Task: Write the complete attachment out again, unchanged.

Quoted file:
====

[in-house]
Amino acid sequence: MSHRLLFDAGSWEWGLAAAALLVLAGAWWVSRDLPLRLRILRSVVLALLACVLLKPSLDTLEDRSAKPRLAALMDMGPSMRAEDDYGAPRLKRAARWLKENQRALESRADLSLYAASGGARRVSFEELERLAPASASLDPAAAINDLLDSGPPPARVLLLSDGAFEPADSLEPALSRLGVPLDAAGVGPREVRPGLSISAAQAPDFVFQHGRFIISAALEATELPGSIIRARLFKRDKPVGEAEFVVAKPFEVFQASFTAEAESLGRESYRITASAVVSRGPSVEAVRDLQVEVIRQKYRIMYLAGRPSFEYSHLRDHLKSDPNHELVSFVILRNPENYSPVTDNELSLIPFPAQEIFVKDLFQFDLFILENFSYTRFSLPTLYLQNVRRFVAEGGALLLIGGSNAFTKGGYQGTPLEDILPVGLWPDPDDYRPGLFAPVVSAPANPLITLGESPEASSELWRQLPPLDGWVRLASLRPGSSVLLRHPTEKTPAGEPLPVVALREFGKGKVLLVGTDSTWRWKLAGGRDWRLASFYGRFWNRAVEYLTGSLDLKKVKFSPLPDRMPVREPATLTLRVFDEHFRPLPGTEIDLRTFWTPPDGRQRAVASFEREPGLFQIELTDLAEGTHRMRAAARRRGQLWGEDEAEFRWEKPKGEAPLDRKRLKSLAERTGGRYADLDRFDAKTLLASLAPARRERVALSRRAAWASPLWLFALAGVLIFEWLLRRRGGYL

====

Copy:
[in-house]
Amino acid sequence: MSHRLLFDAGSWEWGLAAAALLVLAGAWWVSRDLPLRLRILRSVVLALLACVLLKPSLDTLEDRSAKPRLAALMDMGPSMRAEDDYGAPRLKRAARWLKENQRALESRADLSLYAASGGARRVSFEELERLAPASASLDPAAAINDLLDSGPPPARVLLLSDGAFEPADSLEPALSRLGVPLDAAGVGPREVRPGLSISAAQAPDFVFQHGRFIISAALEATELPGSIIRARLFKRDKPVGEAEFVVAKPFEVFQASFTAEAESLGRESYRITASAVVSRGPSVEAVRDLQVEVIRQKYRIMYLAGRPSFEYSHLRDHLKSDPNHELVSFVILRNPENYSPVTDNELSLIPFPAQEIFVKDLFQFDLFILENFSYTRFSLPTLYLQNVRRFVAEGGALLLIGGSNAFTKGGYQGTPLEDILPVGLWPDPDDYRPGLFAPVVSAPANPLITLGESPEASSELWRQLPPLDGWVRLASLRPGSSVLLRHPTEKTPAGEPLPVVALREFGKGKVLLVGTDSTWRWKLAGGRDWRLASFYGRFWNRAVEYLTGSLDLKKVKFSPLPDRMPVREPATLTLRVFDEHFRPLPGTEIDLRTFWTPPDGRQRAVASFEREPGLFQIELTDLAEGTHRMRAAARRRGQLWGEDEAEFRWEKPKGEAPLDRKRLKSLAERTGGRYADLDRFDAKTLLASLAPARRERVALSRRAAWASPLWLFALAGVLIFEWLLRRRGGYL